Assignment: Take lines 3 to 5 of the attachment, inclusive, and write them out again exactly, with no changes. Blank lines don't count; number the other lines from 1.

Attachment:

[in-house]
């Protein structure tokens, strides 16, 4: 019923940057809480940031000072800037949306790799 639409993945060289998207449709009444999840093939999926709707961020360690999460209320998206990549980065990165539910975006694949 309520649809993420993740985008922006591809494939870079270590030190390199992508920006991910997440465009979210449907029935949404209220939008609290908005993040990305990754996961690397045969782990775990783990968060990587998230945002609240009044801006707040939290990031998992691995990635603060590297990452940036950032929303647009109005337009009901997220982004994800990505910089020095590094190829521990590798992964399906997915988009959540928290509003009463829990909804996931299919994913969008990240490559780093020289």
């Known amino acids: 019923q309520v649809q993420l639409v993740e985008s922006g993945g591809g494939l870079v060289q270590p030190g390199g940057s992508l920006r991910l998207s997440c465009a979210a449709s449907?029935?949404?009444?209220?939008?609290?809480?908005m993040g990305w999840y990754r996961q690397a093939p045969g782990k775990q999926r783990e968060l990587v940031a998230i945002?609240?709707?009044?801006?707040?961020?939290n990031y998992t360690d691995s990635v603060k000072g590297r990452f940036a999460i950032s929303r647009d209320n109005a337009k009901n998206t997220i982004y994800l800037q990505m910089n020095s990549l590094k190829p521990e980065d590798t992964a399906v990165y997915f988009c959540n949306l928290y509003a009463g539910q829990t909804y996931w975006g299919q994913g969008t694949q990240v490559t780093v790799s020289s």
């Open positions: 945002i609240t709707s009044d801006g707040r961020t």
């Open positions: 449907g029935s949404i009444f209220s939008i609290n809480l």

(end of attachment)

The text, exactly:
């Known amino acids: 019923q309520v649809q993420l639409v993740e985008s922006g993945g591809g494939l870079v060289q270590p030190g390199g940057s992508l920006r991910l998207s997440c465009a979210a449709s449907?029935?949404?009444?209220?939008?609290?809480?908005m993040g990305w999840y990754r996961q690397a093939p045969g782990k775990q999926r783990e968060l990587v940031a998230i945002?609240?709707?009044?801006?707040?961020?939290n990031y998992t360690d691995s990635v603060k000072g590297r990452f940036a999460i950032s929303r647009d209320n109005a337009k009901n998206t997220i982004y994800l800037q990505m910089n020095s990549l590094k190829p521990e980065d590798t992964a399906v990165y997915f988009c959540n949306l928290y509003a009463g539910q829990t909804y996931w975006g299919q994913g969008t694949q990240v490559t780093v790799s020289s």
């Open positions: 945002i609240t709707s009044d801006g707040r961020t």
């Open positions: 449907g029935s949404i009444f209220s939008i609290n809480l």